South Carolina governor, Henry McMaster, said in a Tweet: “Rest assured, we will fight them to the gates of hell to protect the liberty and livelihood of every South Carolinian.”

Arizona’s Republican governor, Doug Ducey, said the order is “exactly the kind of big government overreach we have tried so hard to prevent in Arizona – now the Biden-Harris administration is hammering down on private businesses and individual freedoms in an unprecedented and dangerous way”.

He added, in a Tweet: “This will never stand up in court. The vaccine is and should be a choice. We must and will push back.”

No legal challenge from union

The National Federation of Federal Employees (NFFE) has been cautious in its response to the new measures. It said on 13 September that it had considered the likelihood of success on a legal challenge to the mandate and found that “more than 100 years of legal precedent exists confirming the authority of employer-required mandates and vaccines, and the courts at all levels have consistently rejected challenges to this type of mandate”.  

Therefore, it said it would not legally challenge the executive order requiring federal employees to be vaccinated against COVID-19.

It said it is in discussions with the administration “regarding progressive discipline for employees who remain unvaccinated” and noted that it “remains concerned that any disciplinary actions taken by agencies are defined in advance and are administrated consistently and fairly”.

It added that it “understands and respects” the differing perspectives of its individual members on matters regarding vaccines, mask wearing and social distancing but that it “encourages everyone who is able” to get the vaccination. It cited evidence from the CDC (Centers for Disease Control and Prevention), published on Friday, which found that unvaccinated people are 11 times more likely to die of COVID-19.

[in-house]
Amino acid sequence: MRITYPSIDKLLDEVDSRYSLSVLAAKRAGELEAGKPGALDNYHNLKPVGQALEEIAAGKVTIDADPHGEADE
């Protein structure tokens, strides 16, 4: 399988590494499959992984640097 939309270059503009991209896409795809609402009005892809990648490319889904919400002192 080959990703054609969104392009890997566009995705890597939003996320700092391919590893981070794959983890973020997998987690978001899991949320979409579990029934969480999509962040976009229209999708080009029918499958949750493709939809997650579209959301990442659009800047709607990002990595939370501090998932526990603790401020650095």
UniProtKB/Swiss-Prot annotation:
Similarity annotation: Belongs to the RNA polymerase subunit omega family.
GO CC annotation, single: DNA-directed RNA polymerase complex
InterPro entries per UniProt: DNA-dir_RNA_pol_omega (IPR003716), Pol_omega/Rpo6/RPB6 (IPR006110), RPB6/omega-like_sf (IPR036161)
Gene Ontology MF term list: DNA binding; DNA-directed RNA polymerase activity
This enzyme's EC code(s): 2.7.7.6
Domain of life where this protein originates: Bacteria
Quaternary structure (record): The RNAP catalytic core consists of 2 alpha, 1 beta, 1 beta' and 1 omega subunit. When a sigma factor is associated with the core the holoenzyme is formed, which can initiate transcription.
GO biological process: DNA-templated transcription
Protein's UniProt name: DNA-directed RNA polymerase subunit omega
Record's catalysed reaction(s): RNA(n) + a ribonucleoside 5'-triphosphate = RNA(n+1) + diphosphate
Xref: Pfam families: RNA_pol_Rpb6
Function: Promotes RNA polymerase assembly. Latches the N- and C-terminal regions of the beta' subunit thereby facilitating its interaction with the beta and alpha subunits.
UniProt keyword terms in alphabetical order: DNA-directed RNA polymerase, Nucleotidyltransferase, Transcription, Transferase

The Veteran Affairs Department announced in July that it would require vaccines for all healthcare staff. It was the first US federal agency to make such a move.

Biden’s new executive order follows Canada, which in August mandated COVID-19 vaccinations for all its federal workers.

About Mia Hunt

Mia is a journalist and editor with a background in covering commercial property, having been market reports and supplements editor at trade title Property Week and deputy editor of Shopping Centre magazine, now known as Retail Destination. She has also undertaken freelance work for several publications including the preview magazine of international trade show, MAPIC, and TES Global (formerly the Times Educational Supplement) and has produced a white paper on energy efficiency in business for E.ON. Between 2014 and 2016, she was a member of the Revo Customer Experience Committee and an ACE Awards judge. Mia graduated from Kingston University with a first-class degree in journalism and was part of the team that produced The River newspaper, which won Publication of the Year at the Guardian Student Media Awards in 2010.